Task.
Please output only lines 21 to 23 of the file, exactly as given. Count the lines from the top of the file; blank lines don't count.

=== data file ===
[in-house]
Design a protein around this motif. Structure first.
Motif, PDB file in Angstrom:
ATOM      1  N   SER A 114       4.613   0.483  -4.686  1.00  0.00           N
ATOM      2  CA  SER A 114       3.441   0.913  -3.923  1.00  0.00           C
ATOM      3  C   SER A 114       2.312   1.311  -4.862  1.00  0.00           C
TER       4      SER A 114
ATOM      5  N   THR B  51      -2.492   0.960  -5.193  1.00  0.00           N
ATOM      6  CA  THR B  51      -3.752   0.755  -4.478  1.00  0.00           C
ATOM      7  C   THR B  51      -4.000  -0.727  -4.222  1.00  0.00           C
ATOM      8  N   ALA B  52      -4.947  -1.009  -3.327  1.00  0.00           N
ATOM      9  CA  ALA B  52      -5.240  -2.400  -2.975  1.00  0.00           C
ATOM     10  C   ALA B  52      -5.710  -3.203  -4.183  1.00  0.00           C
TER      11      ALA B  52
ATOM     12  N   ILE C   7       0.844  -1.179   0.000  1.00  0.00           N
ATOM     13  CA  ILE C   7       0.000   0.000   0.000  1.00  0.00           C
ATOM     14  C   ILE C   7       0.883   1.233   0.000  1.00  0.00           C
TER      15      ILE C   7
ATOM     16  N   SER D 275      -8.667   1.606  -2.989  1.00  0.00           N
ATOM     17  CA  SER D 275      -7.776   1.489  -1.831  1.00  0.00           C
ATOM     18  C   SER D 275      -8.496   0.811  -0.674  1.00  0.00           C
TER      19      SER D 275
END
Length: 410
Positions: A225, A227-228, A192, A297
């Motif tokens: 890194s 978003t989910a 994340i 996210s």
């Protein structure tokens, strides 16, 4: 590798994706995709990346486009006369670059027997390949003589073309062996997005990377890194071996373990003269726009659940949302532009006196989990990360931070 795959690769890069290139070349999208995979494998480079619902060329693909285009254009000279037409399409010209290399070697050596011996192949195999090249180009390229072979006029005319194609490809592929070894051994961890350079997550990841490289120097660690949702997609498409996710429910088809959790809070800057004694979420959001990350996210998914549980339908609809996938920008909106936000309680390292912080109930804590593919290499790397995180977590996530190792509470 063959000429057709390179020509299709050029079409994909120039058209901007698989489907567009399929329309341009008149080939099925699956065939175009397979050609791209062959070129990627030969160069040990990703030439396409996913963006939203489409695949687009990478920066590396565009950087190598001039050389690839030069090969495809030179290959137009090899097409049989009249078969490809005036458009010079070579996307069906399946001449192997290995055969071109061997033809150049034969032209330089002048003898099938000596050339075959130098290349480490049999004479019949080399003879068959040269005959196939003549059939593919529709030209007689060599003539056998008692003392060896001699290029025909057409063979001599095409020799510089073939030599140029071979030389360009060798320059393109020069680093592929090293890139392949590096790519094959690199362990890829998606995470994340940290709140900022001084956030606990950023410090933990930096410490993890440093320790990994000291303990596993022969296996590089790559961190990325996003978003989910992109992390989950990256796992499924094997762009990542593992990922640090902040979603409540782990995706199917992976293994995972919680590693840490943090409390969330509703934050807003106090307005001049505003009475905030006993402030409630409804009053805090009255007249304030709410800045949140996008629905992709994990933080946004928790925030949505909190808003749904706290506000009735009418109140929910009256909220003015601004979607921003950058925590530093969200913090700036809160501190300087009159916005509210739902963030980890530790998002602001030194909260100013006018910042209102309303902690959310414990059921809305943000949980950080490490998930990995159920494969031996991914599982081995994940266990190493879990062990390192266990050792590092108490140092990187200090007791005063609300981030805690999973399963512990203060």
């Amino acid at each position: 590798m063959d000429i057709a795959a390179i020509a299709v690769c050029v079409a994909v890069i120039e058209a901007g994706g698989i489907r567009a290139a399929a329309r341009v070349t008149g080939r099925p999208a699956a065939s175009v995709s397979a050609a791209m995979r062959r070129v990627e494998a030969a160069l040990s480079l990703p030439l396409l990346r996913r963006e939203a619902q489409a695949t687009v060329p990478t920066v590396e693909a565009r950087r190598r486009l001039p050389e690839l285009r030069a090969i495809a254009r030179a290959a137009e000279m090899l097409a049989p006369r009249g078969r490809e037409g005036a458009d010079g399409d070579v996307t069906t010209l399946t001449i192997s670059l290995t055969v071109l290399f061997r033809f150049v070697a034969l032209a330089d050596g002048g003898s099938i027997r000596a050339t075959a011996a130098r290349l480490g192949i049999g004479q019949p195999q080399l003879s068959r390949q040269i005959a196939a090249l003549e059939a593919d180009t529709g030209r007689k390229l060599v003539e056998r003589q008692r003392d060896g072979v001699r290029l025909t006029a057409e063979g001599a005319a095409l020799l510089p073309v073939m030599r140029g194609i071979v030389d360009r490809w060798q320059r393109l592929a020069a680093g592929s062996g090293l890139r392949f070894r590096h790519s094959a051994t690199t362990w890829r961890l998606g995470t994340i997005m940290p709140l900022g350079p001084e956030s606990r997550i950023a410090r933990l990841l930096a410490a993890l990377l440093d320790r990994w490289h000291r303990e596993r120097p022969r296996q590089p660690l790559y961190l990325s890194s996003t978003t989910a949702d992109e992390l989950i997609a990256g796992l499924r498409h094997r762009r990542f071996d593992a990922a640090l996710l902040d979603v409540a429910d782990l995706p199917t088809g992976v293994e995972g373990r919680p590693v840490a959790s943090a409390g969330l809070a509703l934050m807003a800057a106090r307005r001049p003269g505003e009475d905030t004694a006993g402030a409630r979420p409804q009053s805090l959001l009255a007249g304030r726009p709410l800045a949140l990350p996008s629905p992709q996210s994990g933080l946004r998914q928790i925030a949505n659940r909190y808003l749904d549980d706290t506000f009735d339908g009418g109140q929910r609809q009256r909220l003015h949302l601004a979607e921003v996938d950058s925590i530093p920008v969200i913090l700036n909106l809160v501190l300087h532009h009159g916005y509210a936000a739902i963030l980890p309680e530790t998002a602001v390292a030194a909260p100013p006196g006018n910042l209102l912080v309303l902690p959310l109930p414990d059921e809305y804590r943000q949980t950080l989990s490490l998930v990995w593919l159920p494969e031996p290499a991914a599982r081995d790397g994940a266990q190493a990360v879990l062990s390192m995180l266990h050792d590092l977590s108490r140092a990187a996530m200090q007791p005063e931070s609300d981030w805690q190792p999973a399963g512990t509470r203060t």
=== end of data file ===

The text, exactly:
ATOM     18  C   SER D 275      -8.496   0.811  -0.674  1.00  0.00           C
TER      19      SER D 275
END